The Center for Biological Diversity and Food & Water Watch filed a lawsuit in federal court recently against the JBS-Swift Beef Company to stop illegal discharges of slaughterhouse pollution into Colorado’s South Platte River.
The Lone Tree Wastewater Treatment Plant in Greeley receives up to 4 million gallons of wastewater each year from two slaughterhouses along the Front Range near the confluence of the South Platte and Cache la Poudre Rivers. For years the plant has been violating its Clean Water Act pollution discharge permit by discharging waste that violates toxicity standards into the Lone Tree Creek, a tributary of the South Platte River.
“JBS has been knowingly violating the terms of its permit for years, exposing people and wildlife to dangerous slaughterhouse waste,” said Hannah Connor, a senior attorney at the Center for Biological Diversity. “Rather than continuing its business-as-usual polluting practices, the company should have taken timely action to avoid these toxicity violations.”
The Lone Tree Plant receives wastewater from lamb and beef slaughterhouses that slaughter between 5,500 and 8,500 animals each day. The waste products generated by the plants include animal fat, blood, meat, dangerous bacteria, ammonia and excrement. The beef plant also processes and preserves animal hides, creating waste loaded with salt. These pollutants can harm human health and kill fish and other aquatic life.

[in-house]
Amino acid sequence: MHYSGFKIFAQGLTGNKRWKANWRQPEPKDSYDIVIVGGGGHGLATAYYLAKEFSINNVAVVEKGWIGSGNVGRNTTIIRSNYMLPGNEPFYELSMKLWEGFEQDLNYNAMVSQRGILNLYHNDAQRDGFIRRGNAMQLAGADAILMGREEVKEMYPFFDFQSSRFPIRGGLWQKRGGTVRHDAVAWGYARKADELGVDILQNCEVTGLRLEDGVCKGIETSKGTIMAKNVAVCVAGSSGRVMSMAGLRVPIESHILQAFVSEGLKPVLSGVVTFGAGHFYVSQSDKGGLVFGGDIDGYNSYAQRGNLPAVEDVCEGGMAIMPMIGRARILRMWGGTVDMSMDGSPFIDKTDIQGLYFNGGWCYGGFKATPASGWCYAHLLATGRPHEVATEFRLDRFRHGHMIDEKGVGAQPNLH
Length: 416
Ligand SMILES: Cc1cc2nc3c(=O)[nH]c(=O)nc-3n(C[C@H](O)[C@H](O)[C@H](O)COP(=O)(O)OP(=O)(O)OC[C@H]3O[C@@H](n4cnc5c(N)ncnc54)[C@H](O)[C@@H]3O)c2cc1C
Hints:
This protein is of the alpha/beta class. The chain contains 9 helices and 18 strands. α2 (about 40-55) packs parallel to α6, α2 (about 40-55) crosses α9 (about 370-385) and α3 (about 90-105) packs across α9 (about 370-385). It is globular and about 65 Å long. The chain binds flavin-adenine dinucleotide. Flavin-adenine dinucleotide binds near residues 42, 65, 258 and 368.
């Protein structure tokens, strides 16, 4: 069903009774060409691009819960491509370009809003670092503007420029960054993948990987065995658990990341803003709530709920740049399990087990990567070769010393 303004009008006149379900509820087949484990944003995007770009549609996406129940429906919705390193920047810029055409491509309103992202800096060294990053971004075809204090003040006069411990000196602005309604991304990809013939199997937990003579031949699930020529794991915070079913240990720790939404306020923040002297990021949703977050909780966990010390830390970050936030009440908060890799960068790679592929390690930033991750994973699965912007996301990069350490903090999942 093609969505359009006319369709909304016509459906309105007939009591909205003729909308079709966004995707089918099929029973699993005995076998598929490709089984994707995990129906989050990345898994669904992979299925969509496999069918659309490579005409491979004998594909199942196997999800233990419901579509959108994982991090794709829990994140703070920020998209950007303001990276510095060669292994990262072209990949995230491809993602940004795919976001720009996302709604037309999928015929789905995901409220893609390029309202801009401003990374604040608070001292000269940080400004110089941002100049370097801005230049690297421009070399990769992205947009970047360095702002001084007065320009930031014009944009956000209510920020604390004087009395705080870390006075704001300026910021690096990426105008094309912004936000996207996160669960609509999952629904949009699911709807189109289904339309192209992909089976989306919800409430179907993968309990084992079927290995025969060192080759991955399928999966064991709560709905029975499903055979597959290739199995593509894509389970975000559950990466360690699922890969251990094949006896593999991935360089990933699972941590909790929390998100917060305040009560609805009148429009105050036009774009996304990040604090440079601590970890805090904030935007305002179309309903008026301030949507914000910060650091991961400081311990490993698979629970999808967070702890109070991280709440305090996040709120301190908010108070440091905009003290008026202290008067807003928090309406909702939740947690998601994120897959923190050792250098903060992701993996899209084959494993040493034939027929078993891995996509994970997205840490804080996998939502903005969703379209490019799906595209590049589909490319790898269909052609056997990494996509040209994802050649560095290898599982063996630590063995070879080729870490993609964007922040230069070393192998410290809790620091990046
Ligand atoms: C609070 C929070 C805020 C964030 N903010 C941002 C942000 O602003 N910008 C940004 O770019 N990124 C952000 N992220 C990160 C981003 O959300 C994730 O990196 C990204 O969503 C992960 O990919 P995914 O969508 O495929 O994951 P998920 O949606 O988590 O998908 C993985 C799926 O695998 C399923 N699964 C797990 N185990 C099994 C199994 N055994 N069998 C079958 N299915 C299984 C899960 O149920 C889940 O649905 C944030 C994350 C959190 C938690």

“JBS is not above the law and we cannot let it get away with violating federal laws that protect Colorado waterways,” said Jason Harrison, Colorado organizer with Food & Water Watch. “At the same time this multinational corporation is profiting off of contaminating our waterways illegally, it is reaping the rewards of industry’s control over farmers and cozy relationships with regulators by profiting off of a USDA program meant to cushion the effects of Trump’s trade deal on U.S. farmers.”
The Clean Water Act prohibits the discharge of any pollutant from “point sources,” like the slaughterhouses’ wastewater treatment plant, into waterways unless allowed by a permit. Permit violations are enforceable under the Act’s citizen suit provision. Today’s suit is being filed in the U. S. District Court for the District of Colorado.
“The lawsuit provides an opportunity to fix something that has been broken for over five years,” said Neil Levine, attorney at Public Justice and counsel for the plaintiffs. “Citizen suits like this one empower the public to protect their natural resources, calling on the courts to help hold JBS accountable for its illegal actions.”
The suit seeks an injunction prohibiting JBS-Swift Beef Company from continuing to violate the terms of the Lone Tree Plant’s Clean Water Act permit and requiring that the company take all necessary measures to prevent future violations.
The organizations are represented by Public Justice, a nonprofit legal advocacy organization and in-house counsel.